Social Security Administration:
Better Planning Needed to Improve Service Delivery
GAO-10-586T, Apr 15, 2010
Millions of people rely on the services of Social Security Administration (SSA) field offices. In fiscal year 2009, SSA's approximately 1,300 field offices provided service to a record 45.1 million customers. People visit field offices to apply for Social Security cards, apply for retirement and disability benefits, request replacement benefit checks, and a host of other services. Over the last several years, growing workloads have challenged field offices' ability to manage work while continuing to deliver quality customer service. The Subcommittee asked GAO to discuss our January 2009 report on SSA field office service delivery challenges. Specifically, this testimony will discuss (1) the state of SSA field office operations, and (2) the status of SSA's efforts to develop a plan to address future service delivery challenges. To respond to the request, GAO relied primarily on the January 2009 report titled Social Security Administration: Service Delivery Plan Needed to Address Baby Boom Retirement Challenges (GAO-09-24, Jan. 2009), and updated it with additional information provided by SSA. In that report, GAO recommended that SSA develop a service delivery plan that explains how it will deliver quality service while managing growing work demands. SSA agreed to develop a document that describes service delivery and staffing plans. No new recommendations are being made in this testimony.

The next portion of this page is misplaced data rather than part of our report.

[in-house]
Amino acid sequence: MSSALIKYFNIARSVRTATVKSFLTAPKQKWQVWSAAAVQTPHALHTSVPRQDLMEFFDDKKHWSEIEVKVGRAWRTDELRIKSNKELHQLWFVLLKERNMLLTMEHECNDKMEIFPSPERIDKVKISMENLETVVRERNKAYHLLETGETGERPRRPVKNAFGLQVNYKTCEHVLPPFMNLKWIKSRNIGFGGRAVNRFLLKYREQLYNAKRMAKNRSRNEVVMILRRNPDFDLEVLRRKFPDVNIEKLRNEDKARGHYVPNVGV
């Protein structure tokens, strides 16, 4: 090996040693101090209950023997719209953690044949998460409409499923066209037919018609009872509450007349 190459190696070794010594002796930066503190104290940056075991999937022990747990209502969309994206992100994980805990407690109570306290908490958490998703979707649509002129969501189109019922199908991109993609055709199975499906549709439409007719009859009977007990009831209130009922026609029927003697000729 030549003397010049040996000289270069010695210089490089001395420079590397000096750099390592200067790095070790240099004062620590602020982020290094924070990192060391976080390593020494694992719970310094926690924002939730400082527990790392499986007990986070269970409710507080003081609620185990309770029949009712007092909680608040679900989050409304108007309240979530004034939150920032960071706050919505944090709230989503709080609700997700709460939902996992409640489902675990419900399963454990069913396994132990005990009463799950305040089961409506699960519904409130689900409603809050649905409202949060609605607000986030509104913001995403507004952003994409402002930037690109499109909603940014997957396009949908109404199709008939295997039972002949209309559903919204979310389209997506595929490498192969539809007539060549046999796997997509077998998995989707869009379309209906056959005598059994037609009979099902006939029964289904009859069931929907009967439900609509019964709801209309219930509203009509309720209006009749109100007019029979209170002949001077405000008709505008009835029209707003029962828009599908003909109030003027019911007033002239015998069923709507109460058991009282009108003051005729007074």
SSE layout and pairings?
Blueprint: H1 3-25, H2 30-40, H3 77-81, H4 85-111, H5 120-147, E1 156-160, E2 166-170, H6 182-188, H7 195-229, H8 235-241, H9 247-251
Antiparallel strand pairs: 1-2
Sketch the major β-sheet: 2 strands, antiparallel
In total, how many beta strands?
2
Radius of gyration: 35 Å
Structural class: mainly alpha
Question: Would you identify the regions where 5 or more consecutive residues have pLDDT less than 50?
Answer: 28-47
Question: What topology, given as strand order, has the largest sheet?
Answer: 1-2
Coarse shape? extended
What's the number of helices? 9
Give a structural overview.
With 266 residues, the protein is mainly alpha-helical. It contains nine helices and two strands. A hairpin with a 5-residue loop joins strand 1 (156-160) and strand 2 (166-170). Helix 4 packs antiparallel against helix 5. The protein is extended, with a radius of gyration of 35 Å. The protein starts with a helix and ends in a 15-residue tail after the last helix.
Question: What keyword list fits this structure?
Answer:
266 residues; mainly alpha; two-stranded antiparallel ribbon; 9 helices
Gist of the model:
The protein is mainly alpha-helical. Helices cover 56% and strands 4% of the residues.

Since we last examined service at SSA field offices, SSA has expanded the level of staffing, and encouraged greater use of automated services. However, rapidly rising workloads have adversely affected customer service and the quality of some work, despite SSA's efforts. Recent hiring by SSA nearly restored field offices to their fiscal year 2005 level, but field offices have experienced rapid growth in their retirement and disability claims workloads. SSA used various strategies to manage the growing workload, including deferring some reviews of beneficiaries' continuing eligibility. However, deferring these reviews means that beneficiaries who no longer qualify for benefits may still receive payments erroneously. Key customer service indicators were also affected. In fiscal year 2009, more than 3 million customers waited over 1 hour to be served. Further, SSA's Field Office Caller Survey found that 58 percent of customers calling selected field offices had at least one earlier call that had gone unanswered, but for methodological reasons, the unanswered call rate was likely even higher. SSA has not yet offered a plan to detail how it will address future service delivery challenges as GAO recommended in January 2009. With projected increases to SSA's workload from retirement and disability filings from the nation's baby boom generation, and a continued wave of retirements of experienced staff, the need for such a plan is greater than ever. SSA estimates about a 14 percent rise in Old-Age and Survivors Insurance, Disability Insurance (Disability), and Supplemental Security Income claims over the next 10 years, rising from a combined total of 9.4 million, in fiscal year 2008 to 10.7 million in fiscal year 2017. In addition, based on SSA's projections, 41 percent of the current workforce will retire by fiscal year 2018. With such challenges, it is critical for SSA to develop a plan to discuss how it will address future challenges. SSA officials did not provide GAO with an update on where the agency stood in developing such a plan.